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Socialisation – Vaccination for Life

  • Experiences during the first weeks of a dog’s life make all the difference to future temperament and character
  • Taking the time to fully socialise your puppy can result in a friendly adult dog that enjoys the company of people, can be taken anywhere and lives life to the full
  • It is vital that, between three and 14 weeks of age, a puppy meets a wide variety of people, situations and other animals
  • A well run puppy class will help your pup learn that you are the most interesting thing in their life, and that other dogs are there to be played with only at appropriate times.

In the UK today, the biggest cause of death and rehoming in dogs under 5 is euthanasia from being unwanted due to behavioural problems. Whilst you would now swear that your adorable ball of fluff will never face this fate, statistically, it could be your dog. The good news is, there is so much you can do to avoid this.


There is currently a conflict between vaccination schedules and socialisation, with a new vaccine for leptospirosis meaning some dogs will not have “completed” their course before perhaps even 16 weeks. If you dog is kept inside your home during this time, it is the equivalent of keeping a human indoors until perhaps18 years, then taking them out and expecting them to cope well with their new world. The temperament of your dog is shaped in its first few weeks, and after around 14 weeks of age hardening of neural connections makes it much harder to happily accept new sights and sounds after this age. In some breeds, this “window of socialisation” is considered to have closed as early as 12 weeks, and you can’t get this time back. Most puppies won’t come from breeders who fully address socialisation, so it is up to you to protect your pup as quickly as possible.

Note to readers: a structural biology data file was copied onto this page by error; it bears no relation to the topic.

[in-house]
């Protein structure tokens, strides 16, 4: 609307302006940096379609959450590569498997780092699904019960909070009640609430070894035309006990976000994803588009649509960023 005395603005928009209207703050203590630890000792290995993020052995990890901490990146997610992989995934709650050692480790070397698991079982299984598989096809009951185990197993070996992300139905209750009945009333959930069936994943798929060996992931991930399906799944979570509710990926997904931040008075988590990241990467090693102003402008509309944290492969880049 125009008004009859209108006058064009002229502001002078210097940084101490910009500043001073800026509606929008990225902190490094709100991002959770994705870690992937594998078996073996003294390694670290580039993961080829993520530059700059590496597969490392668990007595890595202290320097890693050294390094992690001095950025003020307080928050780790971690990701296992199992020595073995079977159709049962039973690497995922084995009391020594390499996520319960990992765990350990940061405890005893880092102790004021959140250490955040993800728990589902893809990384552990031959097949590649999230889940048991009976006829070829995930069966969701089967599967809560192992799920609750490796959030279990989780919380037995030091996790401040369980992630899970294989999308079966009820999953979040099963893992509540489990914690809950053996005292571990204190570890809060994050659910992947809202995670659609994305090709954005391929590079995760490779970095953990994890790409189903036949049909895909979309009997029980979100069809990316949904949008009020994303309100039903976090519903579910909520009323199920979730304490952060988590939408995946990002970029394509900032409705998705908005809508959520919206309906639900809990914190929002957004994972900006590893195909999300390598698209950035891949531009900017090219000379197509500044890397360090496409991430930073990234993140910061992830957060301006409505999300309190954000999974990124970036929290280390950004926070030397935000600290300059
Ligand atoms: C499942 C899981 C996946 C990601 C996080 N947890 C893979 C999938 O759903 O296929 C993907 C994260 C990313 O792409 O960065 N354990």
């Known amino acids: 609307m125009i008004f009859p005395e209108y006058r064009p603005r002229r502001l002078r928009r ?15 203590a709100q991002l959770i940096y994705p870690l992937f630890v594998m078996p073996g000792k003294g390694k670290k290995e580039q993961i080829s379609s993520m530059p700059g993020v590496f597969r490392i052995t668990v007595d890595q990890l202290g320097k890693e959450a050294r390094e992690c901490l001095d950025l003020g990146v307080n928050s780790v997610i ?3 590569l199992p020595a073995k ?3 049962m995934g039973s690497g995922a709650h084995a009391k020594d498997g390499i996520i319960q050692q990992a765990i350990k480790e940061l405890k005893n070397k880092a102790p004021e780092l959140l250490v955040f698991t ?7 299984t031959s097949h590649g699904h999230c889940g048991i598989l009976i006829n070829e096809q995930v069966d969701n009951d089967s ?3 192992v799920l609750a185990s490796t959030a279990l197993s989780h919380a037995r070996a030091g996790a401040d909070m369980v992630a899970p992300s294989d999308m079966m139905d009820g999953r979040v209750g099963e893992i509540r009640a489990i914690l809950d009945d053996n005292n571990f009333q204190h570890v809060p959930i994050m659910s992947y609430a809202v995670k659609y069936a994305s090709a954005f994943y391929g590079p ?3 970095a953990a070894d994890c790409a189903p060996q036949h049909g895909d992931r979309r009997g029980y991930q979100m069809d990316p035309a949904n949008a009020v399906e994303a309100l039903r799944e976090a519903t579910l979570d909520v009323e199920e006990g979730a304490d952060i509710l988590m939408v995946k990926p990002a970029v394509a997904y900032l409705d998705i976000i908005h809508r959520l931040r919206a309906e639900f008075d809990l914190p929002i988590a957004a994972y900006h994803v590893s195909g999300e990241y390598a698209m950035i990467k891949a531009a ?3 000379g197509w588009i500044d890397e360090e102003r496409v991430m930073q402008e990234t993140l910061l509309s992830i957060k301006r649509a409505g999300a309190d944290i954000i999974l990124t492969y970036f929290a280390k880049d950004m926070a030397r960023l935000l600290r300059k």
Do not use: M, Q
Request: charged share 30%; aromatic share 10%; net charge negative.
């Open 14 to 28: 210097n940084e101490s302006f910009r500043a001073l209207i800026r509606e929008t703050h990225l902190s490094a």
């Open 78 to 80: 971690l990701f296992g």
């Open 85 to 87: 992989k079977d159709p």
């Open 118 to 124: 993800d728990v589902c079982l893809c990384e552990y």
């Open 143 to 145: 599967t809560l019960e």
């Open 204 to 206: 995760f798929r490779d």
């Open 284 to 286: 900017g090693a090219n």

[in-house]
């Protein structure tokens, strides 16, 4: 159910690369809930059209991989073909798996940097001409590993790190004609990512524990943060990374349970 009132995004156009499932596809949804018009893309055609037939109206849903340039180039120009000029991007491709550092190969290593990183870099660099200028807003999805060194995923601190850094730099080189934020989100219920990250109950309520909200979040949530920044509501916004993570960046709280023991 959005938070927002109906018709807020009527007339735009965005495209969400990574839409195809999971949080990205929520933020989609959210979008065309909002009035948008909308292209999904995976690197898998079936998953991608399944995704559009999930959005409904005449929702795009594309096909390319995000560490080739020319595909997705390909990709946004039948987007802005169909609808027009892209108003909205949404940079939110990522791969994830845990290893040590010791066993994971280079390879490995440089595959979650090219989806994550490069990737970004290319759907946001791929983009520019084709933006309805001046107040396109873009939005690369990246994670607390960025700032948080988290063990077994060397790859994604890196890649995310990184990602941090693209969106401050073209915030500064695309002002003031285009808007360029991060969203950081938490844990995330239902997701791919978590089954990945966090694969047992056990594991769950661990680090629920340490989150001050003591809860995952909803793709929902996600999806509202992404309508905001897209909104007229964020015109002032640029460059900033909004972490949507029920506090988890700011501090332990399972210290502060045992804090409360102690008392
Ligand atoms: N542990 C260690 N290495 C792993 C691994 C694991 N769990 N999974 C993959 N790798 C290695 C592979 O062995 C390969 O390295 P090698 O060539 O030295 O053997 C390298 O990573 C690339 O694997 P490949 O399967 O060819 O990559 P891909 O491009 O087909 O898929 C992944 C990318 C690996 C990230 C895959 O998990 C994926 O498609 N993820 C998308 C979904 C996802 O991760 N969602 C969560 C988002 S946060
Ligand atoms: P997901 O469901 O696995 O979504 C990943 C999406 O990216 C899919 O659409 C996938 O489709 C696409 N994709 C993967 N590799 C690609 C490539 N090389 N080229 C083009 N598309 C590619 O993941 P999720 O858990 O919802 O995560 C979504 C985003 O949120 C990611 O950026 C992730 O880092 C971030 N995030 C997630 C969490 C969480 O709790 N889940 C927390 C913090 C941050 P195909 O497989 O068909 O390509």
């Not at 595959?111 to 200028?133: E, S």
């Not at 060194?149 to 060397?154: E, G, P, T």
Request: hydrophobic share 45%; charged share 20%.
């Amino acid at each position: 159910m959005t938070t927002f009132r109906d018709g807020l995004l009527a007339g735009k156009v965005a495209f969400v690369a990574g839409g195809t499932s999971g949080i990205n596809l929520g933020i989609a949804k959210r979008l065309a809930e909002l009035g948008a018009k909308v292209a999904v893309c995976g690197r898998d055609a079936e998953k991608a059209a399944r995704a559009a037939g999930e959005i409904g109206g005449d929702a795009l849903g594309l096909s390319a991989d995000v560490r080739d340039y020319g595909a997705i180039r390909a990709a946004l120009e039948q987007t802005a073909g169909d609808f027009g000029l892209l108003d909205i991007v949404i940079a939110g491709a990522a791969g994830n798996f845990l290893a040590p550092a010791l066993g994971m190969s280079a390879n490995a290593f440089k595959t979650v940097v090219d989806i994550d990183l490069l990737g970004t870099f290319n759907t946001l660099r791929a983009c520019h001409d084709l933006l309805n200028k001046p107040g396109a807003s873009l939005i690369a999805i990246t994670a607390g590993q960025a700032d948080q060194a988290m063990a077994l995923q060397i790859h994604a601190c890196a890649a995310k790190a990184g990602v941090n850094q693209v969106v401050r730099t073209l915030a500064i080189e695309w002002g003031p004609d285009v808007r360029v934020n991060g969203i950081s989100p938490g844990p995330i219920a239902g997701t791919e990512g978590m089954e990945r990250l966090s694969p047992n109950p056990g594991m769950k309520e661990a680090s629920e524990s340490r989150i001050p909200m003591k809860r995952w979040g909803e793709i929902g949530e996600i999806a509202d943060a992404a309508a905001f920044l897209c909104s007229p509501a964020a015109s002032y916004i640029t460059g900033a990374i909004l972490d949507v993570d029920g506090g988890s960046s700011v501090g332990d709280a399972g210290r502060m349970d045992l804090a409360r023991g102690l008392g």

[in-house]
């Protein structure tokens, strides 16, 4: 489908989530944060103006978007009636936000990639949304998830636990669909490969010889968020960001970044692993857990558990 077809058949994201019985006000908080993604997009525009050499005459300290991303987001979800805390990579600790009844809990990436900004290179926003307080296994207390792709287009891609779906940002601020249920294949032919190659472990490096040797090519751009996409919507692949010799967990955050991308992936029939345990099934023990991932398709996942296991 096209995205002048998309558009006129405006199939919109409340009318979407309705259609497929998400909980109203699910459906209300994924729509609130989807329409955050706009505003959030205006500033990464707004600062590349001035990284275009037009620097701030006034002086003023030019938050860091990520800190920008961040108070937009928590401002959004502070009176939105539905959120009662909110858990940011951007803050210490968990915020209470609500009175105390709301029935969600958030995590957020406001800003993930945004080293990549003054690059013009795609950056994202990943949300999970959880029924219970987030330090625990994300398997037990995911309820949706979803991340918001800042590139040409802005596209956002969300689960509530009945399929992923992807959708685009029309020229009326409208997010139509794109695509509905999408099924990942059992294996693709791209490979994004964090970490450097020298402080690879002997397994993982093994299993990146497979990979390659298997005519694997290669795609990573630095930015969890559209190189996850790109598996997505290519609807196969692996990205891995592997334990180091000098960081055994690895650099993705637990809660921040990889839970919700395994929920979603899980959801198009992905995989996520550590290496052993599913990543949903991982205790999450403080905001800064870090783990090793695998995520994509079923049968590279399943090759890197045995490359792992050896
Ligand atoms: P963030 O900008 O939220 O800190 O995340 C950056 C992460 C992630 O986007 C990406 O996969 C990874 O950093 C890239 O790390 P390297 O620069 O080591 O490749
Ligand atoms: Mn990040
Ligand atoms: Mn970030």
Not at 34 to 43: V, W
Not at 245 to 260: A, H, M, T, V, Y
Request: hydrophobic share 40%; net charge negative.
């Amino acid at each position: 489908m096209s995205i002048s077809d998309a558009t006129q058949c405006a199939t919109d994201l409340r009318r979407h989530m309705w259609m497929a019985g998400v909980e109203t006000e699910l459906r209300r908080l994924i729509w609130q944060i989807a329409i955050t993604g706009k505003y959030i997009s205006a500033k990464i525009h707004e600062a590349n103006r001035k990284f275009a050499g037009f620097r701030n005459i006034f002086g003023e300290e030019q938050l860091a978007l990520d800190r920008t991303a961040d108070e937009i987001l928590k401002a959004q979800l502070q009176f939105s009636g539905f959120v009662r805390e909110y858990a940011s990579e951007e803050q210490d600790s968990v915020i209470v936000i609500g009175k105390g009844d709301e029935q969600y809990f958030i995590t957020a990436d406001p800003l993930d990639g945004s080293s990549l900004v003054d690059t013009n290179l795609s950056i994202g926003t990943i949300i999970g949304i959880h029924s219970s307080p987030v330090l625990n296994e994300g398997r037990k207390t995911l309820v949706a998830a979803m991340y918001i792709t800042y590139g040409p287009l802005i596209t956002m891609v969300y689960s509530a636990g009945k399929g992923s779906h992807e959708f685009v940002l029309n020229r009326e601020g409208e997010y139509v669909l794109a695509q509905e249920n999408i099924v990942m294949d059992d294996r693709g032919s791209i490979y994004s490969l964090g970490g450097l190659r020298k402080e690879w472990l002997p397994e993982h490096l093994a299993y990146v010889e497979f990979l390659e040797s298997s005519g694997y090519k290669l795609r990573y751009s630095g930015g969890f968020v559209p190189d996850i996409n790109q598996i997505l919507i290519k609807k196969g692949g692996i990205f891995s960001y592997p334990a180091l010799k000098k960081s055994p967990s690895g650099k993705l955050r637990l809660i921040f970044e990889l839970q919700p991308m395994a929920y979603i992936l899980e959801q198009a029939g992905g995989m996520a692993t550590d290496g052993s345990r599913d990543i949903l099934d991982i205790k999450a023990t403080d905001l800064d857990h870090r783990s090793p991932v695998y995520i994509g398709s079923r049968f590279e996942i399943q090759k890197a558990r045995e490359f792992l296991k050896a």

Dogworthy absolutely supports full vaccination, but the advice given regarding protection can vary wildly. Occasionally I hear advice to keep your pup in the house completely until two weeks after the last jab, not even house training outside during this time (but would you be disinfecting your shoes every time you enter the house?). More progressive vets will give advice to cautiously expose and socialise your pup to the world but with a common-sense approach:

  • Avoid highly dog populated areas such as “dog parks,” entrances to parks, pet shop etc

  • Carry them where necessary and bring a blanket you can put them down on (what about veterinary surgeries – that’s where the sick pups go?)

  • You don’t know if a dog met in a park is vaccinated or not – you can’t ask them so be cautious!

  • Bring your own water bowl wherever you go

  • If you have more than one dog, consider where has he been today?

  • Ask your vet when the last case of these diseases was in this area.


At Dogworthy classes, we are insured to take unvaccinated dogs, however, depending on breed, our policy is to accept pups at least one week after their first vaccine. We can be sure that:

  • We know the vaccination status of all dogs in class

  • Our venues have very low dog traffic

  • Our venues and equipment is cleaned regularly with Anigene, a broad spectrum disinfectant known to kill Parvovirus

  • Our trainers are in close contact with vets and owners to hear of spikes in cases in the area

We consider socialisation to be vaccination against behavioural problems later in life. If you look at the numbers, early and effective training and socialisation is the single biggest thing you can do to ensure your pup has a happy, long life with you.

It can feel that there are as many ways of doing things are there are people to tell you. Consider where the motivation lies – vets are speaking from a medical perspective, we are speaking from a behavioural perspective. The good news is that we have both studied for many years and will review new studies as they emerge. Remember that people on TikTok and people who have “had dogs for years” most likely haven’t!

 Most importantly, make the decision that YOU feel most comfortable with.


See some links below to help you make your decision:

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